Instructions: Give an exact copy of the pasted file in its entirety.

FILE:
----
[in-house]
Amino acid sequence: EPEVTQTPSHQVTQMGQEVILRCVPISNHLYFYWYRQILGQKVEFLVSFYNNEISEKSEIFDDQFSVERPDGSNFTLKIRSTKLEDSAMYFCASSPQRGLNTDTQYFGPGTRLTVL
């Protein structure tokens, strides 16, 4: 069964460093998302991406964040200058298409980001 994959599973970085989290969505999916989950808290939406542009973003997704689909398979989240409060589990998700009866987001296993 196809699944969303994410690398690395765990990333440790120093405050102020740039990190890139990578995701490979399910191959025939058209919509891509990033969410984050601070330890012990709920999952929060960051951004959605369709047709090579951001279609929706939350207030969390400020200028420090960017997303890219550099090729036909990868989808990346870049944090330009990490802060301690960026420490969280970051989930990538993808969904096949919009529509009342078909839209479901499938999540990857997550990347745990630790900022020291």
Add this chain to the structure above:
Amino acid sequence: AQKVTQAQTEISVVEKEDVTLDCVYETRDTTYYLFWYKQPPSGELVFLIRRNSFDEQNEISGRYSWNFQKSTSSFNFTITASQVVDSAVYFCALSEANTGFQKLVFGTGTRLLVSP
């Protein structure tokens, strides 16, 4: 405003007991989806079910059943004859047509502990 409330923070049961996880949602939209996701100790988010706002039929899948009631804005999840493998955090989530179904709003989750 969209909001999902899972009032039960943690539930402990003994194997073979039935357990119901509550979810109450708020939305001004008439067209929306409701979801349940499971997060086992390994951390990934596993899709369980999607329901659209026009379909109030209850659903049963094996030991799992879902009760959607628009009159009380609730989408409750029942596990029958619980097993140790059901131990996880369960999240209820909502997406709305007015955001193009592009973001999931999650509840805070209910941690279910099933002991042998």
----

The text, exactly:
[in-house]
Amino acid sequence: EPEVTQTPSHQVTQMGQEVILRCVPISNHLYFYWYRQILGQKVEFLVSFYNNEISEKSEIFDDQFSVERPDGSNFTLKIRSTKLEDSAMYFCASSPQRGLNTDTQYFGPGTRLTVL
């Protein structure tokens, strides 16, 4: 069964460093998302991406964040200058298409980001 994959599973970085989290969505999916989950808290939406542009973003997704689909398979989240409060589990998700009866987001296993 196809699944969303994410690398690395765990990333440790120093405050102020740039990190890139990578995701490979399910191959025939058209919509891509990033969410984050601070330890012990709920999952929060960051951004959605369709047709090579951001279609929706939350207030969390400020200028420090960017997303890219550099090729036909990868989808990346870049944090330009990490802060301690960026420490969280970051989930990538993808969904096949919009529509009342078909839209479901499938999540990857997550990347745990630790900022020291």
Add this chain to the structure above:
Amino acid sequence: AQKVTQAQTEISVVEKEDVTLDCVYETRDTTYYLFWYKQPPSGELVFLIRRNSFDEQNEISGRYSWNFQKSTSSFNFTITASQVVDSAVYFCALSEANTGFQKLVFGTGTRLLVSP
């Protein structure tokens, strides 16, 4: 405003007991989806079910059943004859047509502990 409330923070049961996880949602939209996701100790988010706002039929899948009631804005999840493998955090989530179904709003989750 969209909001999902899972009032039960943690539930402990003994194997073979039935357990119901509550979810109450708020939305001004008439067209929306409701979801349940499971997060086992390994951390990934596993899709369980999607329901659209026009379909109030209850659903049963094996030991799992879902009760959607628009009159009380609730989408409750029942596990029958619980097993140790059901131990996880369960999240209820909502997406709305007015955001193009592009973001999931999650509840805070209910941690279910099933002991042998």